Sensitisation and ‘Responsibilisation’
Although many anti-traffickers would thus seemingly like to stifle child movement as much as possible, they are aware that resources for this kind of total surveillance are lacking. As a result, anti-traffickers accompany their disciplinary drive with the widespread promotion of productive self-policing. In the words of one senior figure at the Beninese Family Ministry, ‘We are here to change people’s behaviour.’ The key watchwords in this push for behavioural change are—as always with development or social policy interventions—‘sensitisation’ and ‘responsibilisation.’ Every one of the official documents I have read relating to anti-trafficking policy features ‘sensitisation’ as one of the project activities undertaken or to be undertaken. UN reports show this to have been central in places ranging from Bangkok to Budapest, while each of the organisations that I have either worked with or researched uses ‘sensitisation’ or ‘responsibilisation’ as a core pillar of its activities.
What do these entail? Individual actions of course vary by context. They can include public information or advocacy messages broadcast on national radio, on national television or in roadside poster campaigns. They may include NGO staff heading into villages to ‘inform’ inhabitants of the dangers of mobility, of letting young girls face sexual predators in the city or boys be worked to death in the brick kilns. Or, as mentioned earlier, they may include the development and dissemination of material such as Ana, Bazil et le Trafiquant, which was taken around Benin by a mobile cinema showing people the dangers of letting children leave the village.
When one looks more deeply into the content of these sensitisation and responsibilisation drives, however, it becomes clear that they are dominated by two clear messages. The first is of course anti-movement. This involves ‘reformulating peasant opinions’ so that people ‘understand’ child and youth movement as negative and thus self-police by keeping their offspring at home. Hashim and Thorsen note that this messaging has been widespread throughout Africa (2011), while Dottridge has seen parallels in Eastern Europe, South Asia and South-East Asia (2007). In my own research, Abidi and Dibi indicated as much in their earlier descriptions of the village committees. While Celestin, a local government official responsible for the comune in which two of my case study villages were located, said much the same. Asked if he was involved in any ‘sensitisation,’ he replied that his staff, NGOs and the village committees with which they work ‘frequently go to backwater areas to describe why leaving is bad.’ Importantly, one of the reasons why it is said to be bad is because it supposedly leads children to work in conditions analogous to slavery.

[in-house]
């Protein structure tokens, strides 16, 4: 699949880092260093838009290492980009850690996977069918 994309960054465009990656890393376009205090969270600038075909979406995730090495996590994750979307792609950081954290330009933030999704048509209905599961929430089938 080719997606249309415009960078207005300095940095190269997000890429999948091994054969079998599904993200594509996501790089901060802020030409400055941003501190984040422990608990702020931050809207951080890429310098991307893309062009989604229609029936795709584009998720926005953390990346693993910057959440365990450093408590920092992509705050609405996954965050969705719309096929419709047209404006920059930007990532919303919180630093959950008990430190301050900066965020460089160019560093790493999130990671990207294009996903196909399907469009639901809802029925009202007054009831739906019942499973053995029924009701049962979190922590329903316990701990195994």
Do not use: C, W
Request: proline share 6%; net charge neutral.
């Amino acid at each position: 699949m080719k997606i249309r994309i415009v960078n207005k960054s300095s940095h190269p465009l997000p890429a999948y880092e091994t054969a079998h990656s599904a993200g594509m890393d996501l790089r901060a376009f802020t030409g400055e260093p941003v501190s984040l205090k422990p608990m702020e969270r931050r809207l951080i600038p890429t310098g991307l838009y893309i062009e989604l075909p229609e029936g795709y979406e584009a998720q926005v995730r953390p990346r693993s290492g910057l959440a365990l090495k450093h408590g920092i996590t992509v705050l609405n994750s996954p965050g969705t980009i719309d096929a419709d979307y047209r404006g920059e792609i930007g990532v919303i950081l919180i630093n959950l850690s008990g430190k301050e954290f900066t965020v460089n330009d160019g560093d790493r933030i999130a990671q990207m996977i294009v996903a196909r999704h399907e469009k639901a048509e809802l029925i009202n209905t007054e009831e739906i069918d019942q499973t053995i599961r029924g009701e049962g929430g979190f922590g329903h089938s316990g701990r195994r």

The second strand of sensitisation revolves around creating the modern, aware and responsible (read: Western) parents who know that home/ school is where children should be, who recognise their children as human rights-bearers and who are thus wary of the dangers of work and mobility. In this regard, Banda, a donor representative in Cotonou, encapsulated the general mindset of anti-traffickers in that city when he said quite un- reflexively and without a hint of irony that his agency funds efforts that
Fig. 2.1 Anti-trafficking Poster 1 (This and all other photographs in this book are copyright of the author)
focus on ‘evolving peasant mentalities.’ Even more shocking was Sharon, a West African woman working for UNICEF in Nigeria, who argued that ‘the extended family syndrome is a pandemic in West Africa.’ ‘It’s a pandemic,’ she continued, ‘that needs addressing and overcoming through nuclear family promotion and awareness-raising.’ Her words are truly staggering, particularly given that she is herself African. Yet they are far from uncommon, especially within the upper echelons of the anti-trafficking field. What they point to is the kind of brute ideological social engineering that anti-trafficking ‘sensitisation’ is often reduced to (Figs. 2.1 and 2.2).